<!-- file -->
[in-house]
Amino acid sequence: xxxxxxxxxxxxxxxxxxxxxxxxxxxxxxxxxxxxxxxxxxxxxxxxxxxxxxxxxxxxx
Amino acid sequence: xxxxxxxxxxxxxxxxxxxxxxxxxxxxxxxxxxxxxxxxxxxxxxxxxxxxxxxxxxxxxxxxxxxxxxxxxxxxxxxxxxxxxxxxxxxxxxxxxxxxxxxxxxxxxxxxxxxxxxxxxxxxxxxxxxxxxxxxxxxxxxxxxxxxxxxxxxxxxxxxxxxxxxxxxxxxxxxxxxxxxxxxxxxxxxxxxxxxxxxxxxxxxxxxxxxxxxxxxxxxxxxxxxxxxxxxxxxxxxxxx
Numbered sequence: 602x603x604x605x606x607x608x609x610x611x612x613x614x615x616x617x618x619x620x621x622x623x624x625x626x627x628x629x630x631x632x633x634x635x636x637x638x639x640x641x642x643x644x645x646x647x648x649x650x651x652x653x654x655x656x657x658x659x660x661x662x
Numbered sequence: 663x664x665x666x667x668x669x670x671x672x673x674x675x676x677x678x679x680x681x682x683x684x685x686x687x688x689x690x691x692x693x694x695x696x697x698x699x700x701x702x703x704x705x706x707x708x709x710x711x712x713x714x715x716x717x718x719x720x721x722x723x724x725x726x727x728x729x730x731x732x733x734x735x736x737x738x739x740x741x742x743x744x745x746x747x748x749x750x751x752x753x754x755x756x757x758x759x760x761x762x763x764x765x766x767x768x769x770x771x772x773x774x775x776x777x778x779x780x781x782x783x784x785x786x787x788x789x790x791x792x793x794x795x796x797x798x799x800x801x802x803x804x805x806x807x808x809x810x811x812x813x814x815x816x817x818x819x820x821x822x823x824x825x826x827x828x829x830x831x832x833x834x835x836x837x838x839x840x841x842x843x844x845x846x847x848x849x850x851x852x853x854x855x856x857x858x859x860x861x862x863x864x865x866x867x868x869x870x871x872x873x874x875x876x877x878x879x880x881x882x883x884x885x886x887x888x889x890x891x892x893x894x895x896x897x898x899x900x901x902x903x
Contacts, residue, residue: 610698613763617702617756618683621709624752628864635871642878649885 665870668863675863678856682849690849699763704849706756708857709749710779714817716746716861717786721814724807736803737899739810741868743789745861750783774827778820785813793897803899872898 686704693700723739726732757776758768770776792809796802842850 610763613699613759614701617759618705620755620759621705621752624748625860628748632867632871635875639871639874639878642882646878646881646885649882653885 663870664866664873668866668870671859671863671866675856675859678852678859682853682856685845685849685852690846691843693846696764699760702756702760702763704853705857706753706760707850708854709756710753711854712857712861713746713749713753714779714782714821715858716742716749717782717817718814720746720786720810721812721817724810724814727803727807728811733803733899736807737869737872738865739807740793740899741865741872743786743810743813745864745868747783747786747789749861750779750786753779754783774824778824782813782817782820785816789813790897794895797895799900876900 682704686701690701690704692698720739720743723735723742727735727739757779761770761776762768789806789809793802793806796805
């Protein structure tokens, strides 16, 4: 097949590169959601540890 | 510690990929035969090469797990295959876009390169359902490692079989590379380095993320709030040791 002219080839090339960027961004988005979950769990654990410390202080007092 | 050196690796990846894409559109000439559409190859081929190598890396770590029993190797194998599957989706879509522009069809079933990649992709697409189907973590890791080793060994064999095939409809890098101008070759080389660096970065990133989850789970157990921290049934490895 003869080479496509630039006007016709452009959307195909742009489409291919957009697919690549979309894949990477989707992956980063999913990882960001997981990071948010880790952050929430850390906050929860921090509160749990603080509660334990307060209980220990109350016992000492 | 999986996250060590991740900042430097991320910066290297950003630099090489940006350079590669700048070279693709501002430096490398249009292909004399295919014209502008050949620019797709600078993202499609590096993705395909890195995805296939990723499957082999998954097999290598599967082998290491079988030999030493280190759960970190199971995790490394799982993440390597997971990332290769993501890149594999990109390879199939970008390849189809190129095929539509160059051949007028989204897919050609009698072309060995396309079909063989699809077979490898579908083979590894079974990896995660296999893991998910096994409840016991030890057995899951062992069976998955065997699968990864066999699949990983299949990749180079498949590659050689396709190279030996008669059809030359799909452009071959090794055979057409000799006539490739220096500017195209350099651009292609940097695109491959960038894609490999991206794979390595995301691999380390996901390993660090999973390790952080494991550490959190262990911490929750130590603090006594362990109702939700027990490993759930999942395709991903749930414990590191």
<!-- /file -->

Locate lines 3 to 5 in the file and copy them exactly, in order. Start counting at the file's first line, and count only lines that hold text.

Amino acid sequence: xxxxxxxxxxxxxxxxxxxxxxxxxxxxxxxxxxxxxxxxxxxxxxxxxxxxxxxxxxxxxxxxxxxxxxxxxxxxxxxxxxxxxxxxxxxxxxxxxxxxxxxxxxxxxxxxxxxxxxxxxxxxxxxxxxxxxxxxxxxxxxxxxxxxxxxxxxxxxxxxxxxxxxxxxxxxxxxxxxxxxxxxxxxxxxxxxxxxxxxxxxxxxxxxxxxxxxxxxxxxxxxxxxxxxxxxxxxxxxxxx
Numbered sequence: 602x603x604x605x606x607x608x609x610x611x612x613x614x615x616x617x618x619x620x621x622x623x624x625x626x627x628x629x630x631x632x633x634x635x636x637x638x639x640x641x642x643x644x645x646x647x648x649x650x651x652x653x654x655x656x657x658x659x660x661x662x
Numbered sequence: 663x664x665x666x667x668x669x670x671x672x673x674x675x676x677x678x679x680x681x682x683x684x685x686x687x688x689x690x691x692x693x694x695x696x697x698x699x700x701x702x703x704x705x706x707x708x709x710x711x712x713x714x715x716x717x718x719x720x721x722x723x724x725x726x727x728x729x730x731x732x733x734x735x736x737x738x739x740x741x742x743x744x745x746x747x748x749x750x751x752x753x754x755x756x757x758x759x760x761x762x763x764x765x766x767x768x769x770x771x772x773x774x775x776x777x778x779x780x781x782x783x784x785x786x787x788x789x790x791x792x793x794x795x796x797x798x799x800x801x802x803x804x805x806x807x808x809x810x811x812x813x814x815x816x817x818x819x820x821x822x823x824x825x826x827x828x829x830x831x832x833x834x835x836x837x838x839x840x841x842x843x844x845x846x847x848x849x850x851x852x853x854x855x856x857x858x859x860x861x862x863x864x865x866x867x868x869x870x871x872x873x874x875x876x877x878x879x880x881x882x883x884x885x886x887x888x889x890x891x892x893x894x895x896x897x898x899x900x901x902x903x